> engbren Wrote:
> > It was the variation in size of the discs,
> > variation in materials and form/shape that
> > to variation in mass of the discs that had me
> > questioning whether the game theory is correct.
> I am not sure why this would be what makes you
> question the idea. There are many games/sports
> whose playing pieces/equipment, though the same
> design, are of different sizes, shapes or
I want to clarify my thinking - I’m not ruling out the game theory. However, Emery has presented a hypothesis with limited supporting evidence. As such, I argue we should consider alternatives and evaluate on their respective merits.
> > Unfortunately,
> > Emery doesn’t give us data on
> > mass of the discs.
> Why is this needed really?
Elementary physics teaches us
F = m.a or Force (F) = mass (m) x acceleration (a)
When undergoing circular motion, even at a constant revolutions per minute, an object is constantly accelerating. This force is known as Centripetal force.
Mass is also important in determining an objects momentum (p) = mass x velocity. Thus mass is critically important to the force generated by the spinning top and its momentum which determines how long it will spin for.
By varying the materials which each have a different density, the size of the object and it’s shape, they changed the mass. Hemaka and the first dynasty Egyptians didn’t need to understand the Newtonian physics equations at all, just through practical means of observation of the different materials as how long they spin for.
I don’t know their capability in the first dynasty but certainly were aware of how to weigh something with a scale relative to another objects in later times. These different shapes and forms therefore represent an opportunity to explore practical applications of a spinning mass such as in a flywheel.
> > The size of the discs in
> > relation to the size of the box also raises
> > questions. There are 5 photographed discs which
> > are decorated out of the 45 or so discs meaning
> > nearly 90% of the discs are unadorned.
> Maybe the decorated ones are for official play and
> the rest for practice. Maybe they are part of the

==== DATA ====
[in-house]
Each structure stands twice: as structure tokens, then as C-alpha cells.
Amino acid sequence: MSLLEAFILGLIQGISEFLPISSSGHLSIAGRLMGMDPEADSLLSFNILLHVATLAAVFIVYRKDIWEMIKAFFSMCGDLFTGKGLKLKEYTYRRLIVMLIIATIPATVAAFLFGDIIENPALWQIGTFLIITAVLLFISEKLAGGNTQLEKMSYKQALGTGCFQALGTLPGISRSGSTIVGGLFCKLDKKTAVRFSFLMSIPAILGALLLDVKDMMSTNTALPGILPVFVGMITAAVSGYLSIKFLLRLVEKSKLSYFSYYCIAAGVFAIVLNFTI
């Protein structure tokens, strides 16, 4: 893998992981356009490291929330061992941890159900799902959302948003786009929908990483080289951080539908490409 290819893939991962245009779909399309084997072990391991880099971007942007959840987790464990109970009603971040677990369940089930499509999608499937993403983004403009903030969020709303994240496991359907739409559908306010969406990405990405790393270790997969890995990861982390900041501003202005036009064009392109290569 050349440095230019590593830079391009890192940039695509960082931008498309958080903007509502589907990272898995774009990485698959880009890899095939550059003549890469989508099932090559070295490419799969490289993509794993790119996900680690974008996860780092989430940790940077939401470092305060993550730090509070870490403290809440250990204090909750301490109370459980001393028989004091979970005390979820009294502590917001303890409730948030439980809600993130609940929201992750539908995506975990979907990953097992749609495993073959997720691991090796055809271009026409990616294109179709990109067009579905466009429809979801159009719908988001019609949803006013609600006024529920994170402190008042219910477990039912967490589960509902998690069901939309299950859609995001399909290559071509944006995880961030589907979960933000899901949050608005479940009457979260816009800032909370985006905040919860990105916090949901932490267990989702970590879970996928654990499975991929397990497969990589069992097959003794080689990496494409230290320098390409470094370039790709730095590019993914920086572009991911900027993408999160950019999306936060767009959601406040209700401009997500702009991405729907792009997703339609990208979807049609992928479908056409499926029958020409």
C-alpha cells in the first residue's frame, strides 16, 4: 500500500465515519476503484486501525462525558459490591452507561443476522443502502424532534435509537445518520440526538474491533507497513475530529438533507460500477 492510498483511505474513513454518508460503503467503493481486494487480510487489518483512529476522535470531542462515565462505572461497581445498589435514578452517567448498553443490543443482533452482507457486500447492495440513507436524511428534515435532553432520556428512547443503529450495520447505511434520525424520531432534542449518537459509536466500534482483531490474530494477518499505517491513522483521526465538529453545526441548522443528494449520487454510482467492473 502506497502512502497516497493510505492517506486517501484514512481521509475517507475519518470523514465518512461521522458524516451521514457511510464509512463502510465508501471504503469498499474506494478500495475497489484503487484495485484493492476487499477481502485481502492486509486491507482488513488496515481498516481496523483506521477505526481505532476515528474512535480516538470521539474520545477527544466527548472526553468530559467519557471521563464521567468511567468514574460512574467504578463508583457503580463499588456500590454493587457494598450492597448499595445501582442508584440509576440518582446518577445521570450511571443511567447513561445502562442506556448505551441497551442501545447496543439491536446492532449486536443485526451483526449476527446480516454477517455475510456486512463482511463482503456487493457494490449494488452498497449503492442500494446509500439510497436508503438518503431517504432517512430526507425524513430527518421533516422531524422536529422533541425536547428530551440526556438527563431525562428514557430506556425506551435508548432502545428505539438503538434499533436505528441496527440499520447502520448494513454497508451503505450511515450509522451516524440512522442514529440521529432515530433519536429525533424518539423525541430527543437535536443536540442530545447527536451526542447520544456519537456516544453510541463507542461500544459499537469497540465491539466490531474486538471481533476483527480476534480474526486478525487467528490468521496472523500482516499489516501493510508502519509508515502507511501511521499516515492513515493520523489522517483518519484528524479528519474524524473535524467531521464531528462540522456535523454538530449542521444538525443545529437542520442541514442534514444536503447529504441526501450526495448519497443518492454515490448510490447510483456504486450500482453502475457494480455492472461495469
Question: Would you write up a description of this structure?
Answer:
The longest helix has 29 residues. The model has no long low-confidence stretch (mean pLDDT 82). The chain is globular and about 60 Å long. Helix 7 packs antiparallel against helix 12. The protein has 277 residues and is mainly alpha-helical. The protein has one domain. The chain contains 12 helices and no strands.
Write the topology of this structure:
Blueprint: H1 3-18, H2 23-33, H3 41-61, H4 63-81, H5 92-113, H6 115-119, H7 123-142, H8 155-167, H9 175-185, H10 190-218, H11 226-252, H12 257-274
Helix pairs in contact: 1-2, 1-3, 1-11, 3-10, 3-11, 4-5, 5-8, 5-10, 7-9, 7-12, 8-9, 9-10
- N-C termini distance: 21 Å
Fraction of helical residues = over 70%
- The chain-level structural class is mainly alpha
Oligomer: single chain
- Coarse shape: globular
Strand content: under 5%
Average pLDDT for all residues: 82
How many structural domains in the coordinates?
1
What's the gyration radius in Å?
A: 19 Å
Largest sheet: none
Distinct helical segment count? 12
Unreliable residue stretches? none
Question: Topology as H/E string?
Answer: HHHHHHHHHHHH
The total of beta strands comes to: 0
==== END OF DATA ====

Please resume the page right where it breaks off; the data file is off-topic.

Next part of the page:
> game along with the undecorated pieces.
> > A counter
> > point to these being unadorned is The variation
> > materials here would vary the colour /texture
> > these discs.
> > Interesting to note that a couple of discs are
> > made of crystal formed into a flat / convex
> > which isn’t noted as having any optical
> > but may be relevant to one of my other threads
> > optics in terms of development of grinding
> > capability.
> > Perhaps the discs and arrows to spin them on do
> > represent a knowledge of circular motion
> > to a form of entertainment but I keep thinking
> > there may be something more practical or
> > instructional about these discs.
> What is the practical or instructional purpose
> (other than playing the game and/or how to spin
> tops for whatever reason) of having nearly 100
> small, randomly assorted weighted discs, some
> decorated (implying more than a utilitarian
> function), some with slightly different shapes,
> some made of different materials all with no
> apparent standardization other than they are all
> between roughly 3-6in in diameter? Housed in a
> specially decorated ornate box and proudly buried
> in a tomb to also have in the afterlife no less.
> To each their own, though interesting for what it
> is, I do not see some great mystery here or
> advanced purpose of these disks.
I queried the game theory by asking the question of whether there could be a practical or instructional purpose to these discs. The purpose of these items could be an instructional or a teaching aid. I note that the principles applied could be used in the development of simple machines that spin. I don’t see any further advanced purpose.
> Hemaka was seal bearer of king Den, effectively
> the "hand" of the king, part of whose job was the
> administration of lands and actions of the state
> including matters of treasury. The magnitude of
> his tomb and the grave goods within, more
> significant than the king himself, a phenomenon of
> 1st Dynasty tombs
> 57597]I have spoken of at length before[/url],
> shows he was a very important and wealthy
> individual. It is hard to understand why he would
> have a centrifugal force test/instructional kit
> buried with him in his tomb.
Many of the mathematical problems attempted in the papyri of much later periods concerned themselves with what I would call operations research. Perhaps Hermaka was also concerned with the ability to increase productivity.
The fast potters wheel quoting Wikipedia was developed in Egypt circa 3,000 BC:
“Others consider Egypt as "being the place of origin of the potter's wheel. It was here that the turntable shaft was lengthened about 3000 BC and a flywheel added. The flywheel was kicked and later was moved by pulling the edge with the left hand while forming the clay with the right. This led to the counterclockwise motion for the potter's wheel which is almost universal."
Hemaka is thought to live in the time of circa 3,100 BC so the development of the fast potters wheel is close in timeframe. According to the same wiki article, there is evidence of Mesopotamian pottery that is wheel thrown that dates to 3,100 BC.
> As an aside, it is interesting to note Hemaka's
> title was [b]"seal-bearer of the king of Lower
> Egypt"[/b], i.e. king of the north, and not a
> unified "seal bearer of the king of Egypt". Den's
> tomb of course is located in the south at the
> royal cemetery near Abydos.
Edited 2 time(s). Last edit at 04-Oct-19 10:33 by engbren.